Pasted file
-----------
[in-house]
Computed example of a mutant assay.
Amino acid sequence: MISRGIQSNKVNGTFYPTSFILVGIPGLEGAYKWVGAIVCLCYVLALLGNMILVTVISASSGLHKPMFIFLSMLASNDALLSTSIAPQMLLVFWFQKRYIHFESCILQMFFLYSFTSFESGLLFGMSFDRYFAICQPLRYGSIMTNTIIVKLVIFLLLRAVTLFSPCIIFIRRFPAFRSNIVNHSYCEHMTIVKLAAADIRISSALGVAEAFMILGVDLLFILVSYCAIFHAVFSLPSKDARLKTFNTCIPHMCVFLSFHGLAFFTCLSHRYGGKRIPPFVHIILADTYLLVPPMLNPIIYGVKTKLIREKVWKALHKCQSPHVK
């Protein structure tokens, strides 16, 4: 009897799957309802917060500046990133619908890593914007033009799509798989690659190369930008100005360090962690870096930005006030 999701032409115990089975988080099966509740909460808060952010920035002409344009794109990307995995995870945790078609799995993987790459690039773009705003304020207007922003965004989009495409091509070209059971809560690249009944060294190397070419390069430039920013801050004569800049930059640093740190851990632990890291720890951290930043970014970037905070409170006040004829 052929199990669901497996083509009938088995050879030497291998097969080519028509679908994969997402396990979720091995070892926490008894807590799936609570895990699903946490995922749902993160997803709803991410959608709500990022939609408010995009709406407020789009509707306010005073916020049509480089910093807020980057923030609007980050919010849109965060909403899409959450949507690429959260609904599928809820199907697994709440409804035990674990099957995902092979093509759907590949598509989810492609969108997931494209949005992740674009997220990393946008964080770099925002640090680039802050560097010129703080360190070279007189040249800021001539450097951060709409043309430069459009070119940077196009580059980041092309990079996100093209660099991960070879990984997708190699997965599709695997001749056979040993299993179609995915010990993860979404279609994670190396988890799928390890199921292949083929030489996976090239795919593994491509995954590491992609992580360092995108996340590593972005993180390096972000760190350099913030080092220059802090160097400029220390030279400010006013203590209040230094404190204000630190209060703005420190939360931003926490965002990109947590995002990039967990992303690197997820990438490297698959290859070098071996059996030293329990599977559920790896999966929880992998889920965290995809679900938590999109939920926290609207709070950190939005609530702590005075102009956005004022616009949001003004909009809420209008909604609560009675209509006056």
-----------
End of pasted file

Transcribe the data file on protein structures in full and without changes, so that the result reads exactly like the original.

[in-house]
Computed example of a mutant assay.
Amino acid sequence: MISRGIQSNKVNGTFYPTSFILVGIPGLEGAYKWVGAIVCLCYVLALLGNMILVTVISASSGLHKPMFIFLSMLASNDALLSTSIAPQMLLVFWFQKRYIHFESCILQMFFLYSFTSFESGLLFGMSFDRYFAICQPLRYGSIMTNTIIVKLVIFLLLRAVTLFSPCIIFIRRFPAFRSNIVNHSYCEHMTIVKLAAADIRISSALGVAEAFMILGVDLLFILVSYCAIFHAVFSLPSKDARLKTFNTCIPHMCVFLSFHGLAFFTCLSHRYGGKRIPPFVHIILADTYLLVPPMLNPIIYGVKTKLIREKVWKALHKCQSPHVK
């Protein structure tokens, strides 16, 4: 009897799957309802917060500046990133619908890593914007033009799509798989690659190369930008100005360090962690870096930005006030 999701032409115990089975988080099966509740909460808060952010920035002409344009794109990307995995995870945790078609799995993987790459690039773009705003304020207007922003965004989009495409091509070209059971809560690249009944060294190397070419390069430039920013801050004569800049930059640093740190851990632990890291720890951290930043970014970037905070409170006040004829 052929199990669901497996083509009938088995050879030497291998097969080519028509679908994969997402396990979720091995070892926490008894807590799936609570895990699903946490995922749902993160997803709803991410959608709500990022939609408010995009709406407020789009509707306010005073916020049509480089910093807020980057923030609007980050919010849109965060909403899409959450949507690429959260609904599928809820199907697994709440409804035990674990099957995902092979093509759907590949598509989810492609969108997931494209949005992740674009997220990393946008964080770099925002640090680039802050560097010129703080360190070279007189040249800021001539450097951060709409043309430069459009070119940077196009580059980041092309990079996100093209660099991960070879990984997708190699997965599709695997001749056979040993299993179609995915010990993860979404279609994670190396988890799928390890199921292949083929030489996976090239795919593994491509995954590491992609992580360092995108996340590593972005993180390096972000760190350099913030080092220059802090160097400029220390030279400010006013203590209040230094404190204000630190209060703005420190939360931003926490965002990109947590995002990039967990992303690197997820990438490297698959290859070098071996059996030293329990599977559920790896999966929880992998889920965290995809679900938590999109939920926290609207709070950190939005609530702590005075102009956005004022616009949001003004909009809420209008909604609560009675209509006056």